Virtual student exchange program dodges COVID-19 pandemic
A 50-year-old student exchange program between the University of Guanajuato and Southern Oregon University has gone virtual, allowing students to avoid travel abroad and potential infection during the COVID-19 pandemic.
The pandemic has challenged international education in many ways, especially for those seeking exposure to cultural, social and educational experiences in other countries. In the case of Ashland and Guanajuato, Mexico, the ban on international travel posed a threat to the Amistad student exchange program between the universities. This happened despite increased interest in people-to-people contact generated by the 50th anniversary of sister-city and university relations in 2019.
Challenged by the lack of physical mobility between the two countries, academics in Ashland and Guanajuato turned to an online curriculum initiative already in place between the University of Guanajuato School of Business and the State University of New York.
Through the Collaborative Online International Learning program managed by SUNY, Guanajuato and SUNY professors had added an international component to their existing courses, taught in English.
SOU and the UG had for years collaborated on an SOU Master in Management program, allowing students in Guanajuato to earn SOU master’s degrees in business by taking classes taught by UG and visiting SOU professors. When a participating SOU associate professor, Al Case, became aware of the COIL arrangement between SUNY and UG, he met with Martin Pantoja, coordinator of COIL at UG, to discuss the possibility of SOU joining the collaboration.
In April 2020, three instructors, one each from SOU, UG, and the LaGuardia Community College in New York, a City University of New York (CUNY) institution, collaborated in teaching an international business course. By joining the COIL program, the SOU Amistad program not only allowed cooperation between SOU and UG, but also extended its international features to the Long Island college.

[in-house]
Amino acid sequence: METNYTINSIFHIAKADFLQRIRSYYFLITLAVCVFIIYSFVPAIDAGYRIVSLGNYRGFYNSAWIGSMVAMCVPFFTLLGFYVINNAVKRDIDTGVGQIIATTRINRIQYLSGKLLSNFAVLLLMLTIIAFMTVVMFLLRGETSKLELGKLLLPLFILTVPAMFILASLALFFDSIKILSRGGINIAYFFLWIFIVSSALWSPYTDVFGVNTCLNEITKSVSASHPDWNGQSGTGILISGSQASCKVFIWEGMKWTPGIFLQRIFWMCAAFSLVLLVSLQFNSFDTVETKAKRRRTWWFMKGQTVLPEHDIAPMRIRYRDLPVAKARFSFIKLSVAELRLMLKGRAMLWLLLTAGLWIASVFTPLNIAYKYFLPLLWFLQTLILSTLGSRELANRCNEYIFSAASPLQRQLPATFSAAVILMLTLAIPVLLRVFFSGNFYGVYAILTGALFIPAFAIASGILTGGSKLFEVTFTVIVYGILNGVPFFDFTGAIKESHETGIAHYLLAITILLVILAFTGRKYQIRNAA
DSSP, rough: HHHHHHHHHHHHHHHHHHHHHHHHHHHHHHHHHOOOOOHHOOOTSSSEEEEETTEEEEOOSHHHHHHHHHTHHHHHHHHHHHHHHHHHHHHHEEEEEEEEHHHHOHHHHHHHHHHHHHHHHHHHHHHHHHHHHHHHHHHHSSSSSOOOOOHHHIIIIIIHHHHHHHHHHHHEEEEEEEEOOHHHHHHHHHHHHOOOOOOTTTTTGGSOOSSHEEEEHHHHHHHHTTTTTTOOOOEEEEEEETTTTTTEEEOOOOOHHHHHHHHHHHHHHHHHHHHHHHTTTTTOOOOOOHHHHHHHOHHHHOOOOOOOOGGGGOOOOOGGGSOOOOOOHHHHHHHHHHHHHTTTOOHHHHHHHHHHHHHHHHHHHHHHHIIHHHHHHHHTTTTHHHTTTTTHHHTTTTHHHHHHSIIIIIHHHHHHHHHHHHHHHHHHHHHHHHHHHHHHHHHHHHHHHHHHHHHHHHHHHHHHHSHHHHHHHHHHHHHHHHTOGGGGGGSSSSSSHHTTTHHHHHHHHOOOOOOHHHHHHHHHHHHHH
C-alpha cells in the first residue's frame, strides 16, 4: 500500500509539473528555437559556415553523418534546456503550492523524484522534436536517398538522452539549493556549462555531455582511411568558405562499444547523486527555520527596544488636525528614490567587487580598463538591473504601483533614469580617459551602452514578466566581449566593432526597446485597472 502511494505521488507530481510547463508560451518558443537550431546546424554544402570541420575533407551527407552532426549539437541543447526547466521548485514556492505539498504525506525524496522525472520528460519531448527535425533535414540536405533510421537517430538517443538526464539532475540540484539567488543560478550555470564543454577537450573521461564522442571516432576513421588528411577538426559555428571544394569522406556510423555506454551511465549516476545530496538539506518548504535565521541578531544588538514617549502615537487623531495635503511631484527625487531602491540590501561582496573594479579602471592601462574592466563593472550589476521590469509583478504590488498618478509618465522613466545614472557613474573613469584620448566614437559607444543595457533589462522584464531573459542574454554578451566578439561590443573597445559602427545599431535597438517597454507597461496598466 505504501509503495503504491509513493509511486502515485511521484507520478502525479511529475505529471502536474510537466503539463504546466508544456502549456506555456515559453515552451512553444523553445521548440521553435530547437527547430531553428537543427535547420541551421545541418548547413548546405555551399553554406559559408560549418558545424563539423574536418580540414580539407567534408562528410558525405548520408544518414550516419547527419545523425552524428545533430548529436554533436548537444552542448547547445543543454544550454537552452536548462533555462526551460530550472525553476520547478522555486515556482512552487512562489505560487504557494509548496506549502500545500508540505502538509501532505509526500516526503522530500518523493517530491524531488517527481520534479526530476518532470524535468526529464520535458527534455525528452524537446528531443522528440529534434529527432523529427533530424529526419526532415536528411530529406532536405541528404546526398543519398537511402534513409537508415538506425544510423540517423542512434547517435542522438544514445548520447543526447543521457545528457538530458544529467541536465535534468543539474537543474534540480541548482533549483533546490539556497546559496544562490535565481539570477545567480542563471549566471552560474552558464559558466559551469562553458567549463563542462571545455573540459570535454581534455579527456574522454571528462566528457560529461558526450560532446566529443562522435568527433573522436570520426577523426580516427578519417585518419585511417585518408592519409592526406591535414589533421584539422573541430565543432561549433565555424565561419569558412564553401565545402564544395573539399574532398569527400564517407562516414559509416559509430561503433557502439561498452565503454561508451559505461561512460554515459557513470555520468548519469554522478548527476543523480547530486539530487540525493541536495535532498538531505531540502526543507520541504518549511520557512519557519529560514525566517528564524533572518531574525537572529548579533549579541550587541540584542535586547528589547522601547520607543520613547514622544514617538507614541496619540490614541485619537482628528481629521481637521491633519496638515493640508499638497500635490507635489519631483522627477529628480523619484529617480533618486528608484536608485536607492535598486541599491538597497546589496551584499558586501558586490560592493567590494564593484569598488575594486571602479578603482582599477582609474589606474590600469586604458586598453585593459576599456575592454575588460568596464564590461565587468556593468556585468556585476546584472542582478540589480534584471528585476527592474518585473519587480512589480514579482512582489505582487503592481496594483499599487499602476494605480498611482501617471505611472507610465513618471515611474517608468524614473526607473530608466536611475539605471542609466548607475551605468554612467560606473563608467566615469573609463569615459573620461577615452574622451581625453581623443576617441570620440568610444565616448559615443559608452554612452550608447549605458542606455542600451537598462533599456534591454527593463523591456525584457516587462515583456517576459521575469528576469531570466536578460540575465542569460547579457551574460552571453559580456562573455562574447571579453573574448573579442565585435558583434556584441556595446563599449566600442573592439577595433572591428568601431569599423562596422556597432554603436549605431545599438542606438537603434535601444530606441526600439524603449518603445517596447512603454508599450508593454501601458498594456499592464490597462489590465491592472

The experience has become truly multicultural through activities conducted online by teams of students from all three institutions. Students and professors interact on Moodle, a free online teaching and learning application that allows tweaking for specific needs of each institution.
The shared online courses are designed to teach students multicultural skills designed for social and personal life, pursuing career opportunities, and running businesses internationally.
The COIL experience benefits not only the participating students, but also the instructors and institutions involved. Through collaboration, professors share and learn each other’s teaching methods and are motivated to improve the material and research in the courses. In this way, the pedagogic and academic content of the courses becomes international.
Through this joint effort, the schools are extending the sister-city “people-to-people concept” to a virtual educational environment that eliminates the need and expense of travel to another country. Students can overcome the difficult times and restrictions of the pandemic and still experience cultural, social and educational contacts abroad without leaving home or their nearby college or university.
Enrollment reached 92 students this spring, including 30 from SOU, 28 from UG and 34 from LGCC. Fall enrollment totals 54 so far.
There is no denying that the COVID-19 pandemic has reduced enrollment at educational institutions around the world, but through COIL, the Amistad program is keeping multicultural experiences and collaboration alive and expanding the internationalization of education and curriculum through virtual mobility.
By embracing virtual collaboration and future expansion of its benefits to other Mexican and U.S. institutions, Amistad’s future has no borders. Meanwhile, it has become good “medicine” in the fight against COVID-19, even before a vaccine has arrived.
Martin P. Pantoja Aguilar is a University of Guanajuato professor, researcher and 1990 SOU graduate.